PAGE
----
From Wikipedia: Goldstone is a type of glittering glass made in the presence of a reducing flame. The finished product can take a smooth polish and be carved into beads, figurines, or other artifacts suitable for semiprecious stone, and in fact goldstone is often mistaken or misrepresented as a natural material.
The most common form of goldstone appears to be reddish-brown, due to the presence of tiny crystals of metallic copper. When the reduced goldstone melt cools, the copper remains in atomic isolation and precipitates into small crystalline clusters which reflect light through the surrounding transparent or translucent glass, rendering the final product effectively opaque. (Under normal oxidative conditions, copper ions meld into the silica to produce transparent bluish-green glass.) Some goldstone variants have an intensely-colored glass matrix—- usually blue or violet, more rarely green—- and a more silvery appearance to the suspended crystals, whose color may be partially masked by the glass, or which may be based on different metals (perhaps cobalt, manganese, or chromium).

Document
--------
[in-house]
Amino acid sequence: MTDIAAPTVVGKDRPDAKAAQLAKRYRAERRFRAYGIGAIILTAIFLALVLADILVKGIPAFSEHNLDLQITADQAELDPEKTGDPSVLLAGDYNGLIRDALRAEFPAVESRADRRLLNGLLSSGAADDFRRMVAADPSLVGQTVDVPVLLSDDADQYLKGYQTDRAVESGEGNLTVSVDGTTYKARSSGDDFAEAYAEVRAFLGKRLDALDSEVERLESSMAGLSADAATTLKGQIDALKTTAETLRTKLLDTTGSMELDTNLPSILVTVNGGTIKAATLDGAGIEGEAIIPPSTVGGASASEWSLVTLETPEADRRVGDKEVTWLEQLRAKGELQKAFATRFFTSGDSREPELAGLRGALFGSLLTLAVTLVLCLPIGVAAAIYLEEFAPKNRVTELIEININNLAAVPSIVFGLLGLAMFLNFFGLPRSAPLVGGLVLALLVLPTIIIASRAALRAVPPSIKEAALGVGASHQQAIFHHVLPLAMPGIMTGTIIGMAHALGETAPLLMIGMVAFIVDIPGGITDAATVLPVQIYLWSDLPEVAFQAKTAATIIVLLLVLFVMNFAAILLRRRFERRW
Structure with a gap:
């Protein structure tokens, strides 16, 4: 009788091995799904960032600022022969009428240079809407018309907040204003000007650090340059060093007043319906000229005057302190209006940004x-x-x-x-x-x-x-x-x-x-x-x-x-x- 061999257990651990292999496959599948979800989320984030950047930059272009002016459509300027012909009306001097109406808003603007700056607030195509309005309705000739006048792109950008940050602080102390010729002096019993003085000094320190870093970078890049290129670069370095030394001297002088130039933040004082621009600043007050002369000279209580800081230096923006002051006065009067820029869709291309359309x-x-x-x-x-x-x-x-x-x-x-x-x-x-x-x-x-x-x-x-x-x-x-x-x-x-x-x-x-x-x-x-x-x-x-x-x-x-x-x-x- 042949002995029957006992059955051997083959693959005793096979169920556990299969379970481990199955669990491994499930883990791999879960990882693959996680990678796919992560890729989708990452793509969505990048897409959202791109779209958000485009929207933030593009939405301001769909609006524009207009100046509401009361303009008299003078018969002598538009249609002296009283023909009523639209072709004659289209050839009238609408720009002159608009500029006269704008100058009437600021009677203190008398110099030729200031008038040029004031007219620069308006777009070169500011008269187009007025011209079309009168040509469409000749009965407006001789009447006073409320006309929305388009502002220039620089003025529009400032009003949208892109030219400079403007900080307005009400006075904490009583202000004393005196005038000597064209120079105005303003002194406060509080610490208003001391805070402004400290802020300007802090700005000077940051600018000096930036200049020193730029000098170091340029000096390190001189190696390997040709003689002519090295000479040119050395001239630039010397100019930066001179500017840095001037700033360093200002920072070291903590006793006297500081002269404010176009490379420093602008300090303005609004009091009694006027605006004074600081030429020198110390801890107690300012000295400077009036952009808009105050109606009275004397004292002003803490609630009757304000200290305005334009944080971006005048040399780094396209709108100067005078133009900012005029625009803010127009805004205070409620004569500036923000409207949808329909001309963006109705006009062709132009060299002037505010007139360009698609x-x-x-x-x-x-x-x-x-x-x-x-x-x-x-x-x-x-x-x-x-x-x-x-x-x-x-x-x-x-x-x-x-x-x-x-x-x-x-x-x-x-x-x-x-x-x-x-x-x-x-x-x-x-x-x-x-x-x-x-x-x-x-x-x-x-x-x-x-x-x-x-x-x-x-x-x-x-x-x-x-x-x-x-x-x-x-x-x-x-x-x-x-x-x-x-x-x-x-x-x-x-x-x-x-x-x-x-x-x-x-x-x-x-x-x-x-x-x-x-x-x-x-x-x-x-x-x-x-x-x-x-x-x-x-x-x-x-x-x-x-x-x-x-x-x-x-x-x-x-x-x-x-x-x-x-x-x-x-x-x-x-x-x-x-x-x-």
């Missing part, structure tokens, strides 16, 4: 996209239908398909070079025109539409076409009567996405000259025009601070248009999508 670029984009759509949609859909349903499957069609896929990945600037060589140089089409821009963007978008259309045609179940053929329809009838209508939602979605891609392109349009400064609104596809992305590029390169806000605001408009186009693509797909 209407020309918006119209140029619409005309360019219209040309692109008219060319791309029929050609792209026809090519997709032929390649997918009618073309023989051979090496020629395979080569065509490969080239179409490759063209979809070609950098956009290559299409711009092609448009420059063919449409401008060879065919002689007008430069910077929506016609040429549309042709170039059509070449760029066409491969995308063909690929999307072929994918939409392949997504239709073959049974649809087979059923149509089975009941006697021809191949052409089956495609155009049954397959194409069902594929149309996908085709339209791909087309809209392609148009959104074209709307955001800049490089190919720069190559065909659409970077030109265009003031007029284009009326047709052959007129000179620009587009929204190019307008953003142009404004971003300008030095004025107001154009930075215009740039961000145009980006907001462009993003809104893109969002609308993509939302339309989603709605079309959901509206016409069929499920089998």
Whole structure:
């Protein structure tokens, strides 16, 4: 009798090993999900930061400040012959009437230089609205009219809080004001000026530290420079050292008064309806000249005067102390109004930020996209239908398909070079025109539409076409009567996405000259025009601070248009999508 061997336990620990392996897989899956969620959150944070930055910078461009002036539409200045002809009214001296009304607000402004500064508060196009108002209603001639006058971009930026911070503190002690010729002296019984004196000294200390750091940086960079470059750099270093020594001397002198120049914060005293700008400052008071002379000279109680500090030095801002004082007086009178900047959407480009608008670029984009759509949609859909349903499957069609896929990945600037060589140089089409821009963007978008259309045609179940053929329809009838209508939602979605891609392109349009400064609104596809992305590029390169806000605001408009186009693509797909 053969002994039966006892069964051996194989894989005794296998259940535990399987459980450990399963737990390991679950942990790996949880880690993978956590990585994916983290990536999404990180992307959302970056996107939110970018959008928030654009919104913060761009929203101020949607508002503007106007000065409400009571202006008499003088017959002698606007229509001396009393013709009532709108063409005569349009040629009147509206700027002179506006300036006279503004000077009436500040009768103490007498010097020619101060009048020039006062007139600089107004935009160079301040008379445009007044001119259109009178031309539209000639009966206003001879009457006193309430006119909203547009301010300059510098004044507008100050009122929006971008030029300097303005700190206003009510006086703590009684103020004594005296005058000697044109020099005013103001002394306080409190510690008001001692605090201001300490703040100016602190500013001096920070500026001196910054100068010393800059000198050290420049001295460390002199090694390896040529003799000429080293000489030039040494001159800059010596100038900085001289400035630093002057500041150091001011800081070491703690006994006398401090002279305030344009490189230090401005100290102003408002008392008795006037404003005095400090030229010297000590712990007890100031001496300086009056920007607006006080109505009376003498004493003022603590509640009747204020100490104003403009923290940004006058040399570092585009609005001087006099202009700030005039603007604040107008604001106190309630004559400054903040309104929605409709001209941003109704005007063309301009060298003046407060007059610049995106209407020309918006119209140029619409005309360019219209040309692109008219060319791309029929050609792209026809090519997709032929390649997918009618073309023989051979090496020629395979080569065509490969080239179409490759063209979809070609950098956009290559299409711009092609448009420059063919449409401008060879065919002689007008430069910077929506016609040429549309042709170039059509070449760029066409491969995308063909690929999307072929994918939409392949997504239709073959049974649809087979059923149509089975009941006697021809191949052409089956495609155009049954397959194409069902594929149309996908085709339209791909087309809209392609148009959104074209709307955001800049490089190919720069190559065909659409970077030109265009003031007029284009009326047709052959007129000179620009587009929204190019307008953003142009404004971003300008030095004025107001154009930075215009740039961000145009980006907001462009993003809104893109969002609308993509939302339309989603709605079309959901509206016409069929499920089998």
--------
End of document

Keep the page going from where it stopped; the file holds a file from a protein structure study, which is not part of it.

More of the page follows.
The manufacturing process for goldstone was discovered in seventeenth-century Venice by the Miotti family, which was granted an exclusive license by the Doge. Persistent folklore attributes the discovery and secret of goldstone to an unnamed Italian monastic order, giving rise to the alternate names "monk's gold" or "monkstone". Another name, "stellaria", is based on the starry internal reflections. It is also called "sun sitara".
Curiously, goldstone is one of the few cases where a synthetic simulant provided the eponym for the similar natural stones. The original Italian name for goldstone is "avventurina" or some similar word or phrase indicating its accidental discovery, hence the mineral name "aventurine" for forms of feldspar or quartz with mica inclusions that give a similar glittering appearance. The technical term for this optical phenomenon, "aventurescence", is also derived from the same source. Yet another name for goldstone is "aventurine glass", but this should be discouraged to avoid confusion with the minerals.